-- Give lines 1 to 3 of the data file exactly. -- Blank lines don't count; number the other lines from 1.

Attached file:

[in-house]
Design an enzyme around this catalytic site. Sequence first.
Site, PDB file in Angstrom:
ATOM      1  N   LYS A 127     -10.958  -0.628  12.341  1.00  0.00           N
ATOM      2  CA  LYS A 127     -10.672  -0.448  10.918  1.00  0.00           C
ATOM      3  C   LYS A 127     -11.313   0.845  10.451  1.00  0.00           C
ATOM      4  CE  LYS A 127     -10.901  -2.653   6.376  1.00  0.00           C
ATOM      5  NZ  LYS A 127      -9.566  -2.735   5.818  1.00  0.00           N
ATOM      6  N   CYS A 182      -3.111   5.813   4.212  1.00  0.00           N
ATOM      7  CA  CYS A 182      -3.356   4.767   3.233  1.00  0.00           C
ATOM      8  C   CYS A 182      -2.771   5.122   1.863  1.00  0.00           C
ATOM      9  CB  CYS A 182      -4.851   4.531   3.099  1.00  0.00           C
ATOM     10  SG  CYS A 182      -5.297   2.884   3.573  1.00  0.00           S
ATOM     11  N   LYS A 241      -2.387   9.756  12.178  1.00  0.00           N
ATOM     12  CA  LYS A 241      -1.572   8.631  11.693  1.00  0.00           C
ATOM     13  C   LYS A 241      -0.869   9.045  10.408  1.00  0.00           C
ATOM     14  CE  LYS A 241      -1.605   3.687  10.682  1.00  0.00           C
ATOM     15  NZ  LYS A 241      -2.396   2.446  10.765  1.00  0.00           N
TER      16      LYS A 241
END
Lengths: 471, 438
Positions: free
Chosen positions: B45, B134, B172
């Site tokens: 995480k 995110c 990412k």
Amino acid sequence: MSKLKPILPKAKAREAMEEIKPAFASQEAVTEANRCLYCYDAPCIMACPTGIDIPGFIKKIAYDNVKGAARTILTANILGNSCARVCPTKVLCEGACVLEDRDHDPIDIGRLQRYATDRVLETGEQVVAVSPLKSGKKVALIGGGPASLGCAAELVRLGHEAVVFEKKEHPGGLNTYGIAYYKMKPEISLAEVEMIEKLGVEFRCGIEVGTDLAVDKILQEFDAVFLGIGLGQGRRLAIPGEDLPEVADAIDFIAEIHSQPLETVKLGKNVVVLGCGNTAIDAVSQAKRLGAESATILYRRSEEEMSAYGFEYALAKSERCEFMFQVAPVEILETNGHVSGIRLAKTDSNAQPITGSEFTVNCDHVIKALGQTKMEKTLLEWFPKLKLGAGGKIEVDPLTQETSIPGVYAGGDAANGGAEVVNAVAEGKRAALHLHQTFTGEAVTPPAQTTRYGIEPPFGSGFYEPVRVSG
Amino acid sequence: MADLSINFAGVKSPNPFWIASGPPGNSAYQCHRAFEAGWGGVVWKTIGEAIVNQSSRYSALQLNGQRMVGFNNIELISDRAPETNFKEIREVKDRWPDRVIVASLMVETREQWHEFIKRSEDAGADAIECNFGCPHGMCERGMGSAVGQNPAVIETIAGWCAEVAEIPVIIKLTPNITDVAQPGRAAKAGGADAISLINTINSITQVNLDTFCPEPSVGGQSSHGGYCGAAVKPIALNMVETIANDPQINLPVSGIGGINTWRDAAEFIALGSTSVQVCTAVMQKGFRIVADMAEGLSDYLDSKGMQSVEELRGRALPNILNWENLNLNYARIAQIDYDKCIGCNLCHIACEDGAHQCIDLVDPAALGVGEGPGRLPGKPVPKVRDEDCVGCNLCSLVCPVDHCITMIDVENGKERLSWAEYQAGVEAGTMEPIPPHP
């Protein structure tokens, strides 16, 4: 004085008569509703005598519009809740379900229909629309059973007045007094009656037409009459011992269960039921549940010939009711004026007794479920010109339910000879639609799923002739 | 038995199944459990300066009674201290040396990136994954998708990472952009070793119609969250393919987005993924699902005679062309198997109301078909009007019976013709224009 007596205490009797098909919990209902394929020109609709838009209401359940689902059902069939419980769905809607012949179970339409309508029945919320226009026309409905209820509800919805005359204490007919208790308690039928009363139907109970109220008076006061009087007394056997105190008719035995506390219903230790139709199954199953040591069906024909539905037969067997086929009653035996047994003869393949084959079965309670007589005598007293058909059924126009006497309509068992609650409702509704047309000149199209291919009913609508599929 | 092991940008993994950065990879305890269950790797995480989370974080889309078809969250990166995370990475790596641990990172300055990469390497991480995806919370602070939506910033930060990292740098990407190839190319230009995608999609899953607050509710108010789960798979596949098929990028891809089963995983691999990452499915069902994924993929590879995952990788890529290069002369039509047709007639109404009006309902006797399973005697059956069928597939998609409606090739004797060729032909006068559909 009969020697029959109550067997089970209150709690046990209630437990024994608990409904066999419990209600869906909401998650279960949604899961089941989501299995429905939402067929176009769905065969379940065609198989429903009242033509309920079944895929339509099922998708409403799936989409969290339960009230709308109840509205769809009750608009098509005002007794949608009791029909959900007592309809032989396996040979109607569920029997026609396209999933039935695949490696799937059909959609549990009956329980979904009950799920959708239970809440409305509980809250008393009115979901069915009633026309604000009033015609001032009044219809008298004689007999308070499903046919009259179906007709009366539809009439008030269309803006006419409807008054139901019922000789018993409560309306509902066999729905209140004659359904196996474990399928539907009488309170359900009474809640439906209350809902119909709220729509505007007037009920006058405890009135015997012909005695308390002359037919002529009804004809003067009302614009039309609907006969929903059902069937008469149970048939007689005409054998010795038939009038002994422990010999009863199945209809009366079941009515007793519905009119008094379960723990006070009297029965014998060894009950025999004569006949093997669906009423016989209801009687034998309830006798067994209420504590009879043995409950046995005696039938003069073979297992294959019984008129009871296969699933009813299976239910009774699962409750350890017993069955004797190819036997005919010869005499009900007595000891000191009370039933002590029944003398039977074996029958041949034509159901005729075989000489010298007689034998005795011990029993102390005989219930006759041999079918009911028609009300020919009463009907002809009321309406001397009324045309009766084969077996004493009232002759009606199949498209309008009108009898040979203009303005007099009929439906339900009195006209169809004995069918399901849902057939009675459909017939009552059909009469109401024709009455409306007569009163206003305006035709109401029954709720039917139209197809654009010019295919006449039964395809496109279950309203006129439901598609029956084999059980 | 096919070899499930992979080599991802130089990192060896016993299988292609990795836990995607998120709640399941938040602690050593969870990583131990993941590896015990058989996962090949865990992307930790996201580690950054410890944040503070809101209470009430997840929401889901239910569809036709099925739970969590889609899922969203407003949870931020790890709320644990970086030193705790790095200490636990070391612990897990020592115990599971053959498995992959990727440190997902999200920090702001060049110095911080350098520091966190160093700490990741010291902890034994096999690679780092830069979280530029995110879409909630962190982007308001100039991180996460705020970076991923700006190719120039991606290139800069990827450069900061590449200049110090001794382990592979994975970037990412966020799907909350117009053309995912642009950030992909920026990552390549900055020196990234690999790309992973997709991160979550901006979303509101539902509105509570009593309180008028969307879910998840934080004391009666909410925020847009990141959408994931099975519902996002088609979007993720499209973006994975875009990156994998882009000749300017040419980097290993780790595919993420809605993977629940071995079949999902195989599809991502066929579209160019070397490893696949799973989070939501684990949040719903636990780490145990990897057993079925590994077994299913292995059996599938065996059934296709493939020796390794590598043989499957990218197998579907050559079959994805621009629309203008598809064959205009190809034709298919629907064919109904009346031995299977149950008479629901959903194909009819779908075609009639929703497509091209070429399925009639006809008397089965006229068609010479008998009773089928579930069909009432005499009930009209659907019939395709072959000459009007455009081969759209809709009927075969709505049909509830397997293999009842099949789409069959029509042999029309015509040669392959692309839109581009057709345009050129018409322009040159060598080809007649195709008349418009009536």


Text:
[in-house]
Design an enzyme around this catalytic site. Sequence first.
Site, PDB file in Angstrom: